It was half-past one when I set off. The day happened to be winter’s solstice, so I was already running thin on daylight. I knew I needed four hours to explore the area, and I had exactly that to spare.
The trail started off very congested, which surprised me considering Christmas was at week’s end, let alone that the trail, along with the all the northern faces of rocks and hills, was underneath several inches of snow.
Right away, signs signaled arches down side trails spurring in different directions. The first one I wandered to was Pine Tree Arch, a sight impressive in both its size and formation. Approaching its opening at an angle, I saw a man standing inside of it on its base, which swept out and away from below him, rising high above his head, performing a full circle until settling back beneath his feet. Though I knew I wouldn’t be able to enjoy it in solidarity, the man’s shape offered perspective for the formation’s impressive size. I walked beneath the towering orange walls and ceiling speechless. The man introduced himself as Bjorg and said he was from Lyon, France.
Back on the main trail, I quickly closed in on Landscape Arch, one as famous as it is startling. The long, narrow bridge spans a length of cliff that’s given way from under it. The trail was crowded with spectators, most of whom would now turn around and head back to the parking lot as the path becomes less conspicuous and more dangerous, weaving its way through crevices and climbing up and over boulders, fin formations, and down icy slants of stone; cairns mark the way.
I had a mile until I would reach the Double-O Arch located at the trail’s end, where I would turn back, not staying on the loop. Darkness was settling into a sky shrouded by overcast; and being much lonelier in these parts than near the trailhead, I wasn’t in a hurry to strand myself looking for a damned kicked over cairn in the pitched black in no-man’s-land.
Double-O Arch didn’t disappoint. After not taking to the obvious hint in its name, I was surprised at rounding a corner of stone to see two arches stacked upon each other, the upper much larger than the lower. I decided to sit inside the lower to eat and ponder over my trip’s next move. Rain/Snow was forecasted for the next day, so I thought maybe I would just hang at the hostel in Moab and drive onto Zion. But I knew I had to start moving quickly to make it out of Devil’s Garden with any daylight to spare.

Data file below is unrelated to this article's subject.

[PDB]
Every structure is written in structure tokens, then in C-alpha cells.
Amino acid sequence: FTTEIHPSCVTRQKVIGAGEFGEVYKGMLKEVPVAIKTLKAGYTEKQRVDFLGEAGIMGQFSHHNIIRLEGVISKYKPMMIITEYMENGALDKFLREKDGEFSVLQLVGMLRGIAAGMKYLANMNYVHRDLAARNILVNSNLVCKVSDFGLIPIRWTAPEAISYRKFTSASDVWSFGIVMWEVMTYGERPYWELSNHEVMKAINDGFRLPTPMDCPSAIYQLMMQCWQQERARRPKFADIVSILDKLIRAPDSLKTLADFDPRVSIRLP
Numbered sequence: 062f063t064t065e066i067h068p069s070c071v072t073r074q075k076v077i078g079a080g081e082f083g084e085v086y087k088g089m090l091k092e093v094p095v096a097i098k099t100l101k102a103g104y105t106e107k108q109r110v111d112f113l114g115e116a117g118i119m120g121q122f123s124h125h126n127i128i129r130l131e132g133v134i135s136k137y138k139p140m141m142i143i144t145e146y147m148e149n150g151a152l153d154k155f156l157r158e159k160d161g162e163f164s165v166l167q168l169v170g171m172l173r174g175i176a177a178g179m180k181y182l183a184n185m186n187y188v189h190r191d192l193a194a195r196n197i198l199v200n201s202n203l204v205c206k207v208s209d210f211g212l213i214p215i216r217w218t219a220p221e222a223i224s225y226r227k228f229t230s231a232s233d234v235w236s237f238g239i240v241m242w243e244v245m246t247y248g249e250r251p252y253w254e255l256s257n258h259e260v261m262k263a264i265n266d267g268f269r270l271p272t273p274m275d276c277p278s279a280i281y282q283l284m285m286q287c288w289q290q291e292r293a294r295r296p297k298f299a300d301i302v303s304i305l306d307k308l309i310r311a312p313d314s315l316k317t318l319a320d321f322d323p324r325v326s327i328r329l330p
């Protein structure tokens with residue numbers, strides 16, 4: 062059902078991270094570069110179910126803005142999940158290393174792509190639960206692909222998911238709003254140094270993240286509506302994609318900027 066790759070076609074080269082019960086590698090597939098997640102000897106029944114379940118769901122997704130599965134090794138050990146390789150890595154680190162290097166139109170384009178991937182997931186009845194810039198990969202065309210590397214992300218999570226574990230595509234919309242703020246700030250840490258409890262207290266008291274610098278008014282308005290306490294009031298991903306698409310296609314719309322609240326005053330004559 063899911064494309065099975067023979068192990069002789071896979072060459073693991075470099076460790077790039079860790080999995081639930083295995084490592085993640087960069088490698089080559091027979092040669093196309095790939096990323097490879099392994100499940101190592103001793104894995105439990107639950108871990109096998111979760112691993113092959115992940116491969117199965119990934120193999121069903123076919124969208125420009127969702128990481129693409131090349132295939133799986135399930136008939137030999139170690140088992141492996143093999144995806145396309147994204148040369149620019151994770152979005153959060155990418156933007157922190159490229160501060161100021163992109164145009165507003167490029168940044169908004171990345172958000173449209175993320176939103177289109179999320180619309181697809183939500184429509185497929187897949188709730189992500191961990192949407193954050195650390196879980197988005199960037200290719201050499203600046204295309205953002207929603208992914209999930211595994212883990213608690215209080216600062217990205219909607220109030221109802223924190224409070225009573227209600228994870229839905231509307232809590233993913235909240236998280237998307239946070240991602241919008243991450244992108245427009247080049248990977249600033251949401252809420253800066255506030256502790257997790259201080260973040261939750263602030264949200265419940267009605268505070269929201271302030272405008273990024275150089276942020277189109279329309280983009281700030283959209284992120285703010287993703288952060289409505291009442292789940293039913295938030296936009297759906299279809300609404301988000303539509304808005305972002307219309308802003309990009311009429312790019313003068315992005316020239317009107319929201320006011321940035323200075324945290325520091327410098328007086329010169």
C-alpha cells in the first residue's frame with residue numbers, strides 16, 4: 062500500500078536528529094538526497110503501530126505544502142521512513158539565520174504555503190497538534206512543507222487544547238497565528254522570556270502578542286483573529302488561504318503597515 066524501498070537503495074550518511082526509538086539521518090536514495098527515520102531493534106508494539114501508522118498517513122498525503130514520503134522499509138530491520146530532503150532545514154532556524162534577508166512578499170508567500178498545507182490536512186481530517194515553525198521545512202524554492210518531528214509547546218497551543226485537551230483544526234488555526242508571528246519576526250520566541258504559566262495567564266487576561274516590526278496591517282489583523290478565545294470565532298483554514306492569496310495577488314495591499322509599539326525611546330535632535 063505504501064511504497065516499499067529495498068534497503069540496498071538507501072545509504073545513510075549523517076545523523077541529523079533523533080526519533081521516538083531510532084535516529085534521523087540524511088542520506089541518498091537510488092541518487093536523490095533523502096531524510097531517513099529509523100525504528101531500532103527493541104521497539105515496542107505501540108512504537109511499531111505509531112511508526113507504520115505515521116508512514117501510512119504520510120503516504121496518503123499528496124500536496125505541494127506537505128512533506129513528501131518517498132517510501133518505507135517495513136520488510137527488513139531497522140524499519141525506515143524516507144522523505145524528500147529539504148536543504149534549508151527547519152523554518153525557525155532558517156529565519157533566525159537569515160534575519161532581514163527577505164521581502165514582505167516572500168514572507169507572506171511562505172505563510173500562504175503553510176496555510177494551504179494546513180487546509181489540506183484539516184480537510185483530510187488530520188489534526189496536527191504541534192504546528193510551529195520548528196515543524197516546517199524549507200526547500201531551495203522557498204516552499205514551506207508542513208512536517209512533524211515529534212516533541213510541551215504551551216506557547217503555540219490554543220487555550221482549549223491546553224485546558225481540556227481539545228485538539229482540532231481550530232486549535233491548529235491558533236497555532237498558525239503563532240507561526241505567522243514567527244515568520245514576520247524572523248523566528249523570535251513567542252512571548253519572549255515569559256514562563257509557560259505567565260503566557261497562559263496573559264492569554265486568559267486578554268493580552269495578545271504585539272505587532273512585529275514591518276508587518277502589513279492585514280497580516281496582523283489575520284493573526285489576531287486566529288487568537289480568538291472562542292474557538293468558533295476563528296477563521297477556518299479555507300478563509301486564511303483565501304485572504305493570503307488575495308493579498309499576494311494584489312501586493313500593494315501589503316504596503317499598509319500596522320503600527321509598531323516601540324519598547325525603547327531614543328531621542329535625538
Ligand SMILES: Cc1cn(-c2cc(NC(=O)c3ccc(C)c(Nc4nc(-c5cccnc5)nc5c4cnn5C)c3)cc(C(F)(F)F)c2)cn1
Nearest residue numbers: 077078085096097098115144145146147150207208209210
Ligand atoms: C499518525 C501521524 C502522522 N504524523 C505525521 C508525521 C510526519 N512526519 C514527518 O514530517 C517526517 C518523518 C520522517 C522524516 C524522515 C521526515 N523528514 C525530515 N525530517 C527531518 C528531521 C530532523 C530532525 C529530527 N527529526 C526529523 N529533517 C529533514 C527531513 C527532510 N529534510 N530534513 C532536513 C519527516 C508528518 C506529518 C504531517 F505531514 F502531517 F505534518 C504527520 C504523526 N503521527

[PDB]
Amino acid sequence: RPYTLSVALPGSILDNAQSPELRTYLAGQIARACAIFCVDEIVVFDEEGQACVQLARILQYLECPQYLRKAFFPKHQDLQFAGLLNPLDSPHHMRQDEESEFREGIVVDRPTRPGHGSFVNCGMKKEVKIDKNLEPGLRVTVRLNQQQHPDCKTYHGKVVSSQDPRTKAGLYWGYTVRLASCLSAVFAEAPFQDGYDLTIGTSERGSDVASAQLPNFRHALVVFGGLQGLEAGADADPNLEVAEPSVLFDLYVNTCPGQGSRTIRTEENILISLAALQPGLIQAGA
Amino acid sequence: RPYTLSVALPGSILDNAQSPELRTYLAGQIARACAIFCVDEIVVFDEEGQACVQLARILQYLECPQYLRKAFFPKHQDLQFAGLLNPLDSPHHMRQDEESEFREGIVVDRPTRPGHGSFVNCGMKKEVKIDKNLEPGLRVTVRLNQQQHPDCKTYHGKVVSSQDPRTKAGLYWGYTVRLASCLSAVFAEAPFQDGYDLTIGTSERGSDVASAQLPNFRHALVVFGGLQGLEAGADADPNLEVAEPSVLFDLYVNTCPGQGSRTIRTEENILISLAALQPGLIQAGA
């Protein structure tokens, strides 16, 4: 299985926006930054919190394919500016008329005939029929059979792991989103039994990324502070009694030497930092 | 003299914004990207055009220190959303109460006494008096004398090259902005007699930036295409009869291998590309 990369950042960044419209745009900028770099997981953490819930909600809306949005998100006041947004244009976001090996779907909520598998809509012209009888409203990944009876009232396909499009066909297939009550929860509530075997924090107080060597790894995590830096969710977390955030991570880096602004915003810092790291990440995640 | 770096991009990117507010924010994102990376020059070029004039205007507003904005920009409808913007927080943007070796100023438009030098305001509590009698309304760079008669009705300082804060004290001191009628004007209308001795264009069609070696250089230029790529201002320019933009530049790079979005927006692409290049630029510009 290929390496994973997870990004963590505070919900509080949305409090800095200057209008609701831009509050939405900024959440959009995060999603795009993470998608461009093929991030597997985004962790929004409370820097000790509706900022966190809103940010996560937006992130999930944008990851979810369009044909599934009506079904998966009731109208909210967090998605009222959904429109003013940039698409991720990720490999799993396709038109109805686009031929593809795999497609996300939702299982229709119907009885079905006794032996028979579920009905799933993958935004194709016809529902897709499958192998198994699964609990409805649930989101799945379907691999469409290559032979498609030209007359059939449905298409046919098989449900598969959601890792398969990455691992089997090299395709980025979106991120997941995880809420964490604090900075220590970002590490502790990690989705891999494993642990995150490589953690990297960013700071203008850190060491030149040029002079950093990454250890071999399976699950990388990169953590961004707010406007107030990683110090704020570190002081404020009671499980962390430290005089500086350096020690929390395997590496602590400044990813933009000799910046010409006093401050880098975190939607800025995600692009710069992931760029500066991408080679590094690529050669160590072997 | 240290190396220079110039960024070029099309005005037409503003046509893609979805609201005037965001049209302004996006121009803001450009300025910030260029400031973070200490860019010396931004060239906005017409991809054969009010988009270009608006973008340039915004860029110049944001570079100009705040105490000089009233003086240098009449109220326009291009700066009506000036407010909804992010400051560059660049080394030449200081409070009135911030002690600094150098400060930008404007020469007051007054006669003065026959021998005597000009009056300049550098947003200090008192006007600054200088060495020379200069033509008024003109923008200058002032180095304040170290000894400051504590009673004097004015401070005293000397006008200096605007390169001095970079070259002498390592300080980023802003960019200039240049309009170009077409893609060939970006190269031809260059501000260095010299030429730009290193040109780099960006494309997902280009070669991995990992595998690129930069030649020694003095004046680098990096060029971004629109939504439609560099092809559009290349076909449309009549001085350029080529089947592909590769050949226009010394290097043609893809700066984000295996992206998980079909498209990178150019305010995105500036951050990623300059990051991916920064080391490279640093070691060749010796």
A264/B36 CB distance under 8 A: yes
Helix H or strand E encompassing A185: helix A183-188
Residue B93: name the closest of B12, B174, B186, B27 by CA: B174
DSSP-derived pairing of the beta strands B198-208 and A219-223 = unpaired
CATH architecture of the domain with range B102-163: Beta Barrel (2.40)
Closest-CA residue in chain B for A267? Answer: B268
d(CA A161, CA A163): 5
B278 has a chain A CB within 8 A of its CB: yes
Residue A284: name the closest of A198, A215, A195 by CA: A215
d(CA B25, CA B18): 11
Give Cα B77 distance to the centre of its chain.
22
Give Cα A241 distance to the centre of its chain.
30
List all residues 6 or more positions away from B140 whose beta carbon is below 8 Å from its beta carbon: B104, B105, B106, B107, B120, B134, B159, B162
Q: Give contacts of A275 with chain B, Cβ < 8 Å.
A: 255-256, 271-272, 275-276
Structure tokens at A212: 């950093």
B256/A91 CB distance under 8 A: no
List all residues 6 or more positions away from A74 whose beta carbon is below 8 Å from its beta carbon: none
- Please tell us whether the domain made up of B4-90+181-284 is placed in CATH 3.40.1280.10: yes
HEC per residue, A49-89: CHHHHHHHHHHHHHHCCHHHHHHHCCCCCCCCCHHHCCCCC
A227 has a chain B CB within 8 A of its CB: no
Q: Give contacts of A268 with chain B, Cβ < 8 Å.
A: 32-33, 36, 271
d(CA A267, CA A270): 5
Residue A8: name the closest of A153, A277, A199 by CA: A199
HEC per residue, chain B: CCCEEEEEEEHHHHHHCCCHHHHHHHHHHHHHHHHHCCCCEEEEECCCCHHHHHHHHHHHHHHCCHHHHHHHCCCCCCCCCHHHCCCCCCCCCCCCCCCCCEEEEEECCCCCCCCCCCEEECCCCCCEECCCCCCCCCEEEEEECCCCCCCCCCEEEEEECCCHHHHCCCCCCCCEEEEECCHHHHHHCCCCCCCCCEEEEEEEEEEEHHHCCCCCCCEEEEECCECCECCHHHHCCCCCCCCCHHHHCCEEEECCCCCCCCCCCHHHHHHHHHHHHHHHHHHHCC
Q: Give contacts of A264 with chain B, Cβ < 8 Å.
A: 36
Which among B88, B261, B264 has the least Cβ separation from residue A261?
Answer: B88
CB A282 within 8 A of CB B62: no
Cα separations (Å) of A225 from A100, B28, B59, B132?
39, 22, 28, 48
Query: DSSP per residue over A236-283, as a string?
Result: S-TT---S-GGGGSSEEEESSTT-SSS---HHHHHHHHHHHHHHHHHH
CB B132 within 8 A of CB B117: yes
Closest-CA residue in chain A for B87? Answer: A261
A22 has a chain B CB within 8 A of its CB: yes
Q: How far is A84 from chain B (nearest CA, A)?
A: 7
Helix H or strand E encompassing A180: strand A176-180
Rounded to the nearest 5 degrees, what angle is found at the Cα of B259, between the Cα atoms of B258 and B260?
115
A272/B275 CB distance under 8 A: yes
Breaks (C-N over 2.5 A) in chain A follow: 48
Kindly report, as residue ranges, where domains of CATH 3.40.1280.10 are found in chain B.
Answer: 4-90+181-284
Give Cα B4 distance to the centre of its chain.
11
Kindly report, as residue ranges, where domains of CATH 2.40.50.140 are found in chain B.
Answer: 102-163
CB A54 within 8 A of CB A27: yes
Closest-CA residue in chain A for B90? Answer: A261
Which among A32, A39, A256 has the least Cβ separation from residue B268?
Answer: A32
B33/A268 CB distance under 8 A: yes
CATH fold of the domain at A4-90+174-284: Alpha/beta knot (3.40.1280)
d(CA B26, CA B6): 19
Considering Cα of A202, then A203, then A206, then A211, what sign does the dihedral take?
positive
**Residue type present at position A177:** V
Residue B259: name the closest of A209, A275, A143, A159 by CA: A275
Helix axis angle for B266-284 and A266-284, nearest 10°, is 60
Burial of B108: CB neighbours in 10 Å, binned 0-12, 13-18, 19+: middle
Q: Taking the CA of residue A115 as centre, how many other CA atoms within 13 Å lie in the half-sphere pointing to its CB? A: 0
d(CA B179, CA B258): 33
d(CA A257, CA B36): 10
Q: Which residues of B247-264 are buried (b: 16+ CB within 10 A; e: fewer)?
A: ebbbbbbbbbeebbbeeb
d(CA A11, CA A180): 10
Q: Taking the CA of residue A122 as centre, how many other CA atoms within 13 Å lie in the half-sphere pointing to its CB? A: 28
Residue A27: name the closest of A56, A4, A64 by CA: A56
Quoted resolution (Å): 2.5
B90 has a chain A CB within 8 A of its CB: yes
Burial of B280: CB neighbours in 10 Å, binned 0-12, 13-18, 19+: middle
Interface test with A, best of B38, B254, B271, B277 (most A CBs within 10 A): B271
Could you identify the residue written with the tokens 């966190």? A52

On my way back to the trailhead, I met two sorority girls from Salt Lake City. They told me I had to see Delicate Arch, which is down the road a ways and up another trail.
“It’s like really famous,” one of them said, “so you have to see it.”
Convinced by their trite logic, I started off faster than before.
It was pitch dark when I pulled into the trailhead for Delicate Arch, but I needed to see this damned thing even though it’s stamped onto every one of the state’s vehicle license plates. I was working with only my cell phone for light, and I wasn’t having the best of time in the freezing cold under the clouds. Delicate Arch makes great for nighttime photos underneath stars and a glowing Milky Way spanning the sky above. But when shrouded by clouds, limiting light, your best bet for a discernible photo is to click the flash button. So as soon as I saw its outline high on a cliff in the distance, I turned around. My photos of it are worthless, but I saw it.
Moab is just seven miles down the highway from the park entrance. I pulled into town and realized that it is a happening place, with some money and plenty of nice spots to eat and sleep. Lots of tour and off road vehicle rental companies make you realize you’re in a pretty unique spot, one that’s sparked up invasive industry, but special nonetheless.